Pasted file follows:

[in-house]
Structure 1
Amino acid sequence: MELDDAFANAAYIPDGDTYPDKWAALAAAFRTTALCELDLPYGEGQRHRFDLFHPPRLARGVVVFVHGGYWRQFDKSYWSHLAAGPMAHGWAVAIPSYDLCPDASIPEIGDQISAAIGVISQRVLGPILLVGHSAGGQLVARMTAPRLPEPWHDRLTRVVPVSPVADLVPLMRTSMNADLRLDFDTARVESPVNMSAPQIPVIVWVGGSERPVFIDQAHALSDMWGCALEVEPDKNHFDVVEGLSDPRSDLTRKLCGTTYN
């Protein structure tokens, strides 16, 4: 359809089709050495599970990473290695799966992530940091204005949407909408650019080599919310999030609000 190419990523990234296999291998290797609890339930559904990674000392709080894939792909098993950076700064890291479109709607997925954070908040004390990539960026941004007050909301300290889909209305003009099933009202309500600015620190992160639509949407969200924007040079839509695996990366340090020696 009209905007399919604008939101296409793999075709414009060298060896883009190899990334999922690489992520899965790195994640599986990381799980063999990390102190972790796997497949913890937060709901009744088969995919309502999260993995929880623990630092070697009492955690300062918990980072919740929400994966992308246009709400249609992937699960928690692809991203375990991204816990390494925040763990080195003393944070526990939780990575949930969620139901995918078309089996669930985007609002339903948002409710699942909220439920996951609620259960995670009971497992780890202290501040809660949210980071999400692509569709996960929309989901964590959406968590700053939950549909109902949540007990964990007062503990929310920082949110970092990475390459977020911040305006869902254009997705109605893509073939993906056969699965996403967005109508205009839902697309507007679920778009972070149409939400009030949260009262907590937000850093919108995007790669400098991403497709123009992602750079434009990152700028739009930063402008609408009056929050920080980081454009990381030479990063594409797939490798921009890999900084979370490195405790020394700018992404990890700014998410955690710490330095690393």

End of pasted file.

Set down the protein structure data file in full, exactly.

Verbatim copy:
[in-house]
Structure 1
Amino acid sequence: MELDDAFANAAYIPDGDTYPDKWAALAAAFRTTALCELDLPYGEGQRHRFDLFHPPRLARGVVVFVHGGYWRQFDKSYWSHLAAGPMAHGWAVAIPSYDLCPDASIPEIGDQISAAIGVISQRVLGPILLVGHSAGGQLVARMTAPRLPEPWHDRLTRVVPVSPVADLVPLMRTSMNADLRLDFDTARVESPVNMSAPQIPVIVWVGGSERPVFIDQAHALSDMWGCALEVEPDKNHFDVVEGLSDPRSDLTRKLCGTTYN
């Protein structure tokens, strides 16, 4: 359809089709050495599970990473290695799966992530940091204005949407909408650019080599919310999030609000 190419990523990234296999291998290797609890339930559904990674000392709080894939792909098993950076700064890291479109709607997925954070908040004390990539960026941004007050909301300290889909209305003009099933009202309500600015620190992160639509949407969200924007040079839509695996990366340090020696 009209905007399919604008939101296409793999075709414009060298060896883009190899990334999922690489992520899965790195994640599986990381799980063999990390102190972790796997497949913890937060709901009744088969995919309502999260993995929880623990630092070697009492955690300062918990980072919740929400994966992308246009709400249609992937699960928690692809991203375990991204816990390494925040763990080195003393944070526990939780990575949930969620139901995918078309089996669930985007609002339903948002409710699942909220439920996951609620259960995670009971497992780890202290501040809660949210980071999400692509569709996960929309989901964590959406968590700053939950549909109902949540007990964990007062503990929310920082949110970092990475390459977020911040305006869902254009997705109605893509073939993906056969699965996403967005109508205009839902697309507007679920778009972070149409939400009030949260009262907590937000850093919108995007790669400098991403497709123009992602750079434009990152700028739009930063402008609408009056929050920080980081454009990381030479990063594409797939490798921009890999900084979370490195405790020394700018992404990890700014998410955690710490330095690393």